One of the hardest things to handle as a parent is seeing your child in pain. They may have to endure vaccinations, but you can still help calm them even if your inner child hates needles too.
Shots are probably the most fearsome part of a doctor’s visit for a child as young as 12 months until as old as 12 years of age says, Dr. Cheryl Wu, a private practice pediatrician who also moonlights in a pediatric ER.
“The one thing that parents should know is that a child’s fear of shots is completely normal and expected in the pediatrician’s office,” she says. “So parents should never feel embarrassed about a fearful child, and should talk to the nurse, assistant, or doctor before the child gets the shot.”
Schedule the appointment as early in the day as possible, stay on a vaccination schedule, and don’t spread out shots more than necessary.
You want to prepare for what’s to come, but don’t start this process too far in advance. The last thing you want is your kid worrying weeks before the appointment.
Be straightforward and honest. Explain that shots can pinch or sting, but shouldn’t hurt for long. Avoid telling scary stories or making threats about shots, and enlist family members for support (for both of you!).
Dr. Wu says that many offices have special ways to give shots. If she sees a patient for the first time that is extremely fearful of shots, she may make the first visit a shot-free one.
Then she makes sure to bribe the patient profusely just before the end of the visit, with promises for more the next time. She tells the parent to play up how cool the bribe was in the interim, and how they can’t wait until the next visit.
“That way the child has a positively anticipatory experience for the next visit,” says Dr. Wu. “The second visit becomes all about the bribe, rather than about the shot. It works great.”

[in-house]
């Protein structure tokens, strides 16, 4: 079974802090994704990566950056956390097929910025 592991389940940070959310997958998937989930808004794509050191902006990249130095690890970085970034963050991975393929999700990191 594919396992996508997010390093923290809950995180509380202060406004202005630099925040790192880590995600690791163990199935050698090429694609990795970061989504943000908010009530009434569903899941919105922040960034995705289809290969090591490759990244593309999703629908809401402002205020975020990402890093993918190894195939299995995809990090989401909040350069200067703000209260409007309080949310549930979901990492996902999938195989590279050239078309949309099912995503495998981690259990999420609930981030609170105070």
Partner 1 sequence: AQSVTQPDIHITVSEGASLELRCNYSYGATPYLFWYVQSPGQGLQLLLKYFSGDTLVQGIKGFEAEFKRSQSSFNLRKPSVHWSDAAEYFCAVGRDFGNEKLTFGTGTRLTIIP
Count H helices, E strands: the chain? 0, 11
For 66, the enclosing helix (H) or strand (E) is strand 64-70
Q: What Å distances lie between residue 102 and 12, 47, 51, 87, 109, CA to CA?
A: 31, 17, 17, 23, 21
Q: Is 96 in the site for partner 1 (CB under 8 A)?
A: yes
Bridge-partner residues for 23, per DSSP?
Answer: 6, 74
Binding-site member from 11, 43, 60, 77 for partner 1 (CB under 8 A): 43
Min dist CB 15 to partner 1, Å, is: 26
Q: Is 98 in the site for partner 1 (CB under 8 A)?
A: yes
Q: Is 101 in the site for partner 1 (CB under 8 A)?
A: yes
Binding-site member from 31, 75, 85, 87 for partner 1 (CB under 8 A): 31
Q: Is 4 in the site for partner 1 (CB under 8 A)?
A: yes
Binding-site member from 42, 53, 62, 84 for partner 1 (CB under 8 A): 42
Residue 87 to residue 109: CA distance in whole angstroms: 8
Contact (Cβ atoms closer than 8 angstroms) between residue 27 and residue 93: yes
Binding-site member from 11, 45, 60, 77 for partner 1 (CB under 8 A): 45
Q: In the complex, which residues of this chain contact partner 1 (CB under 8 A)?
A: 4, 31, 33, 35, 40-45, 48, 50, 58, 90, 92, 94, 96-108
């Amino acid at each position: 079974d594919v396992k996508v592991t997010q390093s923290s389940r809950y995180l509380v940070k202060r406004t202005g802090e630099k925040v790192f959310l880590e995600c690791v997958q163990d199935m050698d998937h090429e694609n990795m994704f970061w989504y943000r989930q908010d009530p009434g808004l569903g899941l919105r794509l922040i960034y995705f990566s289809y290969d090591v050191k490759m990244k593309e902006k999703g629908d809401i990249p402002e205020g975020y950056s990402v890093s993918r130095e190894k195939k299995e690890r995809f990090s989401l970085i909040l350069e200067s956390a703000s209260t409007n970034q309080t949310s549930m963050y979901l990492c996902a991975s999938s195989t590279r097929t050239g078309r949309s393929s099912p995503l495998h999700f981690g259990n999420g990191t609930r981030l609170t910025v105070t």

Giving your little patient something to look forward to after the appointment might also ease anxiety. This can be a fun outing such as a trip to the library, playground, or even to the ice cream store. Make it a reward for you too!
Pack a favorite toy, book, or blanket that your son or daughter uses regularly for comfort. The Centers for Disease Control and Prevention (CDC) also suggests taking deep breaths together to help “blow out” the pain.
Point out interesting things in the room, talk, or read stories. In short, do anything you can to distract from what’s really going on.
The pain will be worse if your child can’t relax. And she will take her cues from you, so you need to maintain an air of calmness as well. Try not to say, “It’s ok,” or “Don’t worry,” because your child will then feel there’s something to worry about.
“When it’s over, the child usually laughs and says, ‘That’s it?’” says Dr. Wu.
Dr. Cheryl Wu, interviewed by L. Goldstein
10 Tips to Ease Your Child’s Fear of Shots, Everyday Health Media, LLC
Tips for a Less Stressful Shot Visit, Centers for Disease Control and Prevention